No. 6435
Beneath Decks













No. 6435 | Overview | Starting Line | Arrival | Deconstruction | Beneath Decks | First Night's Spin | Listening To Plinths | Motor | System : The Tonearm | Tweaks, Contact | Articles | Bookshelf | Links | More Links | Transit | Next





 *
















 

 

BENEATH DECKS.

 The bearing is far from the end of the task here though. Every bit of linkage and idler-positioning gear below the plinth level has to be cleaned, loosened up, and each juncture either oiled or greased. One article by Loricraft cautions that the various armatures that comprise the linkage are cadmium-plated, so these should get minimal handling, and contact with skin isn't advisable.
You can envision the project here as involving three connected fields :
…The idler-drive apparatus
…The speed-change apparatus
…The pitch-adjust apparatus


Each will have it's own characteristics, and depend a lot on what's happened to the turntable between, say, the Suez Crisis and the second marriage of Charles Windsor.  A lot of territory to account for …


It's a very individualized question here, of what exactly has been used in the fifty years of any given 301... did it evaporate, harden, bind-up or impede the mechanism, or were the right lubes used over time .... if there are no red flags, if it's all loose and operable, then there's no reason not to proceed to the spinup.
In my case some form of beige gunk was used, very liberally, and the years were not kind. The beige stuff in 2005 would most closely compare to the texture and viscosity of a rawhide doggy treat.
An obvious place to start is with a chopstick or a toothpick and knock out any spare dried-out lube chunks. Most often a clean-off with lighter fluid followed with a mop-down with sewing-machine oil did well for the obvious "oil" points. For the heavier "grease" points, I'd continue from there with a back-and-forth loosening up of the specific movement for a few minutes, then off with the sewing oil, allowing any excess to soak into a clean paper towel. Then the lithium grease, at first overdoing it and once 'worked-in', a further cleanup of excess.  The 401 manual, not the 301, notes under Maintenance that “…the lever pivots on the underside of the base  plate… should be lightly oiled and sliding surfaces… should be smeared with a light grease.  The earlier manuals don’t mention it, but I take the 401 info to double for the 301’s underdeck surfaces. 

MOTOR

... As noted before, the motor condition of my 301 was well above expectation, and I've decided a few drops of motor-assembly oil in the upper and lower bearing slots will do for a trial run. The lower bearing is a little bit of a shot-in-the-dark, since you're kind of firing up into it in order to let it trickle down to the center bearing pad.  But it gets there via gravity eventually.
If there were the slightest hesitance or binding in the motor, I wouldn't feel right about this, but somehow I think that this turntable hasn't been touched, other than possibly a drop of oil every other ten or twenty years ----- and as such, is perfectly usable.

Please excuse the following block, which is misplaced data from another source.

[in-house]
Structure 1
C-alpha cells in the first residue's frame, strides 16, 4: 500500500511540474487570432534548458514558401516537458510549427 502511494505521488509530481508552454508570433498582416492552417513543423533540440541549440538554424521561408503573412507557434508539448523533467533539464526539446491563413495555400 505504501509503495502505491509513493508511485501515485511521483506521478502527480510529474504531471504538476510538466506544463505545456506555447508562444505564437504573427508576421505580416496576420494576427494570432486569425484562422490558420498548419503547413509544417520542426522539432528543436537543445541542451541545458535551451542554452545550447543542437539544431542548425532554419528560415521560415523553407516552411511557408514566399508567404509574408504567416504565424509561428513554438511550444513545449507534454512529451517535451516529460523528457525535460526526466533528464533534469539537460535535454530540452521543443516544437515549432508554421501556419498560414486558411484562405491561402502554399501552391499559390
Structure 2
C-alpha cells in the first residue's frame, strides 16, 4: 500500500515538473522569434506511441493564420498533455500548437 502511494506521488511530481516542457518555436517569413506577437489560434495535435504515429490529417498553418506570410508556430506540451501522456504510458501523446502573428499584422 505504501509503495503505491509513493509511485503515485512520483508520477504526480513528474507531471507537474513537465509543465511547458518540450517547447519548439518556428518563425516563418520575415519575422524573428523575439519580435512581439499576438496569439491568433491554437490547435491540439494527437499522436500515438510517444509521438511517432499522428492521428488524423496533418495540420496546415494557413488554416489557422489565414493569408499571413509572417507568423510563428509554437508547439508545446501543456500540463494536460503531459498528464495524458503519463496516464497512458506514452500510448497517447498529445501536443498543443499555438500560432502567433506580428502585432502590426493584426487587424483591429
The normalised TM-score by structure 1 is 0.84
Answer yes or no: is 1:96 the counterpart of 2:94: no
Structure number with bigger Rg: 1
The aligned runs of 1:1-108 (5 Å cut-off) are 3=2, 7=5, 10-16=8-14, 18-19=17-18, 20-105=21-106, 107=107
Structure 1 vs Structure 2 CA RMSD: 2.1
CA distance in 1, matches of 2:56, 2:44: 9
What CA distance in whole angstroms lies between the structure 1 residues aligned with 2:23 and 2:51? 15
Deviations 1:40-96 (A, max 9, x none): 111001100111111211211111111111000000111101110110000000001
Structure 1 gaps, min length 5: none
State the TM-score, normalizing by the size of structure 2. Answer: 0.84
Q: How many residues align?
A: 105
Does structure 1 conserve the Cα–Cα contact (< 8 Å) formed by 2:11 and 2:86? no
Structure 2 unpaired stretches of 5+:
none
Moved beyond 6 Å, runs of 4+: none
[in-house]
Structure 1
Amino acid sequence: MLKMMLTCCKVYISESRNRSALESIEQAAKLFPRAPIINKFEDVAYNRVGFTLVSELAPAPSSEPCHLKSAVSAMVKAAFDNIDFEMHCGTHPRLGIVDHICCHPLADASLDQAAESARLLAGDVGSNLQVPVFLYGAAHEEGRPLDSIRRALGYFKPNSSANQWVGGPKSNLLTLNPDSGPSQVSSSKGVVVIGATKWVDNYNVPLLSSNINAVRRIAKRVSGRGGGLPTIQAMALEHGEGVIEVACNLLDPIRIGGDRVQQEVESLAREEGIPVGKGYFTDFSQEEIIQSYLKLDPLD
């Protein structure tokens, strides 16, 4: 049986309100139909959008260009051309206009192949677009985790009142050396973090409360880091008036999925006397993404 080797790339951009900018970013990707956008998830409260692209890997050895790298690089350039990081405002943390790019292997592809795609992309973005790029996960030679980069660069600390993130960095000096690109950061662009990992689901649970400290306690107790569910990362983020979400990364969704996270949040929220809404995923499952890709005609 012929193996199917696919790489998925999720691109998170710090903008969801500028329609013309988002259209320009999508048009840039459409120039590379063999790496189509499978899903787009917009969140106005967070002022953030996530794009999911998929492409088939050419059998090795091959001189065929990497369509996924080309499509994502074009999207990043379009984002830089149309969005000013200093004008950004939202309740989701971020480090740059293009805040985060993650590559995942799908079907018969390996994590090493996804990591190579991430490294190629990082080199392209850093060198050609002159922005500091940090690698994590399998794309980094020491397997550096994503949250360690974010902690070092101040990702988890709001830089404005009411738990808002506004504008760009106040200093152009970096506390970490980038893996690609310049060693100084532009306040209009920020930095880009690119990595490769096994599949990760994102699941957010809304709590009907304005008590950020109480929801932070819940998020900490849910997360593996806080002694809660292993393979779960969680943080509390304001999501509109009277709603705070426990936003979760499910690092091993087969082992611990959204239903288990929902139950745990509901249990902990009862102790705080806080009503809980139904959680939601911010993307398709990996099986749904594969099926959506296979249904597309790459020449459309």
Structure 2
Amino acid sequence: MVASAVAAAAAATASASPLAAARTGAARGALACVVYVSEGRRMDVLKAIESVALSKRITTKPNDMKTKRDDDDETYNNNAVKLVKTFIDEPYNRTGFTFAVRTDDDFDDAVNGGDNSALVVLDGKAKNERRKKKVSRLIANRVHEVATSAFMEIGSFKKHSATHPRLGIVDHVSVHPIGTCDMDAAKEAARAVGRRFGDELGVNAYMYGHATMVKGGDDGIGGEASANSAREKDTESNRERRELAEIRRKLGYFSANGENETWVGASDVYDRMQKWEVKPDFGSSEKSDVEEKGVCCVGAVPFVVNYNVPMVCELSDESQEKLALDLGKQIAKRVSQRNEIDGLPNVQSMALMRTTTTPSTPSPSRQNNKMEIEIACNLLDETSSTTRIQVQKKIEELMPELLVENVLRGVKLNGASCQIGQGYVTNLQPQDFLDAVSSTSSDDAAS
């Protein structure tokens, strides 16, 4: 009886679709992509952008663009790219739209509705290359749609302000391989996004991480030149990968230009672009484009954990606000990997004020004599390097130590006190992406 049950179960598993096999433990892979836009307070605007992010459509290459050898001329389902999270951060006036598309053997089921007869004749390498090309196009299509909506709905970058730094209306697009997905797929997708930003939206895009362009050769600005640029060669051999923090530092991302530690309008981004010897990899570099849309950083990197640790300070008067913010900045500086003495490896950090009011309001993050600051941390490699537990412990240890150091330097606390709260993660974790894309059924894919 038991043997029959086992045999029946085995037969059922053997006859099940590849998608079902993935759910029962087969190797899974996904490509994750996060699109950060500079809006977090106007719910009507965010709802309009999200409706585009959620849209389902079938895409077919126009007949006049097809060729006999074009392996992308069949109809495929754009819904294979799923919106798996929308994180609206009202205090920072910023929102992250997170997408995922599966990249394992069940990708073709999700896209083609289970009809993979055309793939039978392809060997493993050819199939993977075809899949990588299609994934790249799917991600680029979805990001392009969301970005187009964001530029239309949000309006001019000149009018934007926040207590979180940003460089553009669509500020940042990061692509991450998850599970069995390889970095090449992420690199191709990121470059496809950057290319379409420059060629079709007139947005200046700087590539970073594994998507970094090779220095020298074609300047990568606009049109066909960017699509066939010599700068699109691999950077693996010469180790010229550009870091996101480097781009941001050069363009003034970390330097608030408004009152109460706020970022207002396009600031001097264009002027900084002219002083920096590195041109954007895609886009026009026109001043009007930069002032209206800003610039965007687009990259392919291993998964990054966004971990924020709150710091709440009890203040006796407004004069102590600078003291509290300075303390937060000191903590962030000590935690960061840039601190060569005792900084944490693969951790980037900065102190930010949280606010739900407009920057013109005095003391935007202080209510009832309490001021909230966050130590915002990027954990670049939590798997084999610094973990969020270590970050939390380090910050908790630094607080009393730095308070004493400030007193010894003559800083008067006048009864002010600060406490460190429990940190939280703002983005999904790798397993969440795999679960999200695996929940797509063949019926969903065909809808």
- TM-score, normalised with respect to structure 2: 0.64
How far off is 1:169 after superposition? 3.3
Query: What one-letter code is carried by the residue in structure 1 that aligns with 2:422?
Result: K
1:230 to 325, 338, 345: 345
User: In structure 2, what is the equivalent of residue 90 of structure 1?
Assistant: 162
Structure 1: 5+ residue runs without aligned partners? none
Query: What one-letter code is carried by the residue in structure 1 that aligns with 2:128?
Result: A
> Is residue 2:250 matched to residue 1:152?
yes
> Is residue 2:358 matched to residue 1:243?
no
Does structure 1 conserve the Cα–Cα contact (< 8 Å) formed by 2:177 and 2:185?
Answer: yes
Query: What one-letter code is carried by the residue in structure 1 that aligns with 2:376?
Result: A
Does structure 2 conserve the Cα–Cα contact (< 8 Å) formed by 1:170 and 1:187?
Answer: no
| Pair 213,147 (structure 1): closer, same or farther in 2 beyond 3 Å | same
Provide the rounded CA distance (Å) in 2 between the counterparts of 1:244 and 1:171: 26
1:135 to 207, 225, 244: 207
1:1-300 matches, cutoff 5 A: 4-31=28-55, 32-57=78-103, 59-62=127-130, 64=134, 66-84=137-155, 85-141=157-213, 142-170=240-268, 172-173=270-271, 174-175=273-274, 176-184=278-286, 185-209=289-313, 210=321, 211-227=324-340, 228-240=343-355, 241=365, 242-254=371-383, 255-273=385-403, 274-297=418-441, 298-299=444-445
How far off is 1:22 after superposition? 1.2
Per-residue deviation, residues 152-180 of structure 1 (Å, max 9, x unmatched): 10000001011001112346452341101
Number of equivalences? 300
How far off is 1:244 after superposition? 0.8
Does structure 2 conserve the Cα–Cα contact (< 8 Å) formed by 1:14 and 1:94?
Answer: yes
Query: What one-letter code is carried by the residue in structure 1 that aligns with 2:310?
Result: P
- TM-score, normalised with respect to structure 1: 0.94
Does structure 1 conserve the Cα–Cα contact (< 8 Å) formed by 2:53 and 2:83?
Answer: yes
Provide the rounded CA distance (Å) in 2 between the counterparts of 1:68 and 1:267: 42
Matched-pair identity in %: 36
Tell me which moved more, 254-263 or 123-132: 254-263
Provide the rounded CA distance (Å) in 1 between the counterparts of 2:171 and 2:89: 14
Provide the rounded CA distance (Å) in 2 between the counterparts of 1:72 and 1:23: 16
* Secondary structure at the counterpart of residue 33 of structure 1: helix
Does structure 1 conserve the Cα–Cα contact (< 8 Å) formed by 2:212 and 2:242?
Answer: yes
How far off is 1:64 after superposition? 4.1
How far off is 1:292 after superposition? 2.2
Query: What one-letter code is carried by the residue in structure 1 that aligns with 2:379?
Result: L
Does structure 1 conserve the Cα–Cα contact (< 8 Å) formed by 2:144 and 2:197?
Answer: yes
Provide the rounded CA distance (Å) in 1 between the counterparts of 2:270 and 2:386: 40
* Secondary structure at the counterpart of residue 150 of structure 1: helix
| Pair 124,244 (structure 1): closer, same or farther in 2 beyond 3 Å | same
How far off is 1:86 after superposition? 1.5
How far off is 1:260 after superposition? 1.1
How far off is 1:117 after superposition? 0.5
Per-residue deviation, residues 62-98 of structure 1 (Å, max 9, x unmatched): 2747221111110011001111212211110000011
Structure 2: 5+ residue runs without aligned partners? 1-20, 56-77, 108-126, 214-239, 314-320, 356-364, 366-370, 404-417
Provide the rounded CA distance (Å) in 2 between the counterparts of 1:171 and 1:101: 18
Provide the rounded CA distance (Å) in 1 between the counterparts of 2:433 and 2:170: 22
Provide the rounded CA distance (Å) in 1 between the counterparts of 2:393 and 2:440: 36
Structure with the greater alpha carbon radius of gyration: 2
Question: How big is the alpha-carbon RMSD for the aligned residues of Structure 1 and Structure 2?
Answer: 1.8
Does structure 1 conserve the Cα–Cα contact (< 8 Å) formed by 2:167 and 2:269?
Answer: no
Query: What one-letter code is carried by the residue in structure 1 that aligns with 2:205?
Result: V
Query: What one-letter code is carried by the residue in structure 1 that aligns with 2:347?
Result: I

PLINTH

If you have a basic working relationship with a computer and printer, you can print up an exact, life-sized template for a Garrard 301 plinth.  I taped my template sections to a window in order to line it up with light coming through the paper from outside.  There are actual-size measurement segments in inches on the template that you can double-check with a ruler once you’ve got it printed at the right scale.   (  The template I was using, in Acrobat Reader, was printing properly at approximately 95.49% of the original diagram’s size.  Obviously this will vary but that gives you the idea of tweaking it down to the precise sizing.)

At this point, I was still anxious to see if this project would have any potential, so the first platform I came up with is really just a jig in which to safely place the 301 mechanism for adjustments and lubing.  As well as a first listen, which was by now imminent.  The open-frame jig I ended up with was all that was necessary.  The ‘armboard’ is basically a quick way to attach or detach an arm.  The most useful part of the jig is the ability to work on the 301 from any side or even upside-down while avoiding damage to the mechanism below, or to the controls or spindle on top. 

diagram.gif
Diagram For Grease Bearing 301

This long, cautious expedition through the mid-fifties intricacies of the 301 may have initially tempered my enthusiasm somewhat.  There is a distinct sense of dragging a snoring dinosaur out of it’s lair --- one that you’re going to have to civilize and domesticate by force of will.   But I’d been as cautious and complete as I could be, and I was now past ready to go. 
















First Night's Spin